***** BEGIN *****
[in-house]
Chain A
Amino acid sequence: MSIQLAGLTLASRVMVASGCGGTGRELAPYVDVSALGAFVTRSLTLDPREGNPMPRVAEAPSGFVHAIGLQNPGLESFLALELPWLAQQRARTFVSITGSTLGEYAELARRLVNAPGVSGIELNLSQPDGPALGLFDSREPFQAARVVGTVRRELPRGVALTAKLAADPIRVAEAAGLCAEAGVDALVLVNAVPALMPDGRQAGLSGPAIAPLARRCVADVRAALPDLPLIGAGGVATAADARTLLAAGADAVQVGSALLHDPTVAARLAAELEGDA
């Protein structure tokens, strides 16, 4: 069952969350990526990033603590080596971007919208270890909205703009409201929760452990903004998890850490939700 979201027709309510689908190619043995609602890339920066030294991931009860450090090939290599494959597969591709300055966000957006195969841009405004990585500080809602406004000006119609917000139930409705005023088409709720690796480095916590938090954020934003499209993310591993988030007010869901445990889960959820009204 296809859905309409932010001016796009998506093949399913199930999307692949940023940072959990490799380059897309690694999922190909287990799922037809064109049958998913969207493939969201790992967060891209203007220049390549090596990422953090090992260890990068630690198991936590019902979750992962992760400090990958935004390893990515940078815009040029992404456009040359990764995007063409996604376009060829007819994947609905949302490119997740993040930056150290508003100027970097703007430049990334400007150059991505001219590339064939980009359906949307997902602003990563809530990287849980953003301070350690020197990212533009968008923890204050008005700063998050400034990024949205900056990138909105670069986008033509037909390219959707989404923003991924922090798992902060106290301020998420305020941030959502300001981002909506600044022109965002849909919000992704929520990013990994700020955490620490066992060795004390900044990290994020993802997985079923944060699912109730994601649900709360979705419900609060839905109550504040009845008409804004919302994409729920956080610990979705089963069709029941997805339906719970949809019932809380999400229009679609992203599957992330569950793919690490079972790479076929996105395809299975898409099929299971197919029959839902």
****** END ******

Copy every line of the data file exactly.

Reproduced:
[in-house]
Chain A
Amino acid sequence: MSIQLAGLTLASRVMVASGCGGTGRELAPYVDVSALGAFVTRSLTLDPREGNPMPRVAEAPSGFVHAIGLQNPGLESFLALELPWLAQQRARTFVSITGSTLGEYAELARRLVNAPGVSGIELNLSQPDGPALGLFDSREPFQAARVVGTVRRELPRGVALTAKLAADPIRVAEAAGLCAEAGVDALVLVNAVPALMPDGRQAGLSGPAIAPLARRCVADVRAALPDLPLIGAGGVATAADARTLLAAGADAVQVGSALLHDPTVAARLAAELEGDA
């Protein structure tokens, strides 16, 4: 069952969350990526990033603590080596971007919208270890909205703009409201929760452990903004998890850490939700 979201027709309510689908190619043995609602890339920066030294991931009860450090090939290599494959597969591709300055966000957006195969841009405004990585500080809602406004000006119609917000139930409705005023088409709720690796480095916590938090954020934003499209993310591993988030007010869901445990889960959820009204 296809859905309409932010001016796009998506093949399913199930999307692949940023940072959990490799380059897309690694999922190909287990799922037809064109049958998913969207493939969201790992967060891209203007220049390549090596990422953090090992260890990068630690198991936590019902979750992962992760400090990958935004390893990515940078815009040029992404456009040359990764995007063409996604376009060829007819994947609905949302490119997740993040930056150290508003100027970097703007430049990334400007150059991505001219590339064939980009359906949307997902602003990563809530990287849980953003301070350690020197990212533009968008923890204050008005700063998050400034990024949205900056990138909105670069986008033509037909390219959707989404923003991924922090798992902060106290301020998420305020941030959502300001981002909506600044022109965002849909919000992704929520990013990994700020955490620490066992060795004390900044990290994020993802997985079923944060699912109730994601649900709360979705419900609060839905109550504040009845008409804004919302994409729920956080610990979705089963069709029941997805339906719970949809019932809380999400229009679609992203599957992330569950793919690490079972790479076929996105395809299975898409099929299971197919029959839902």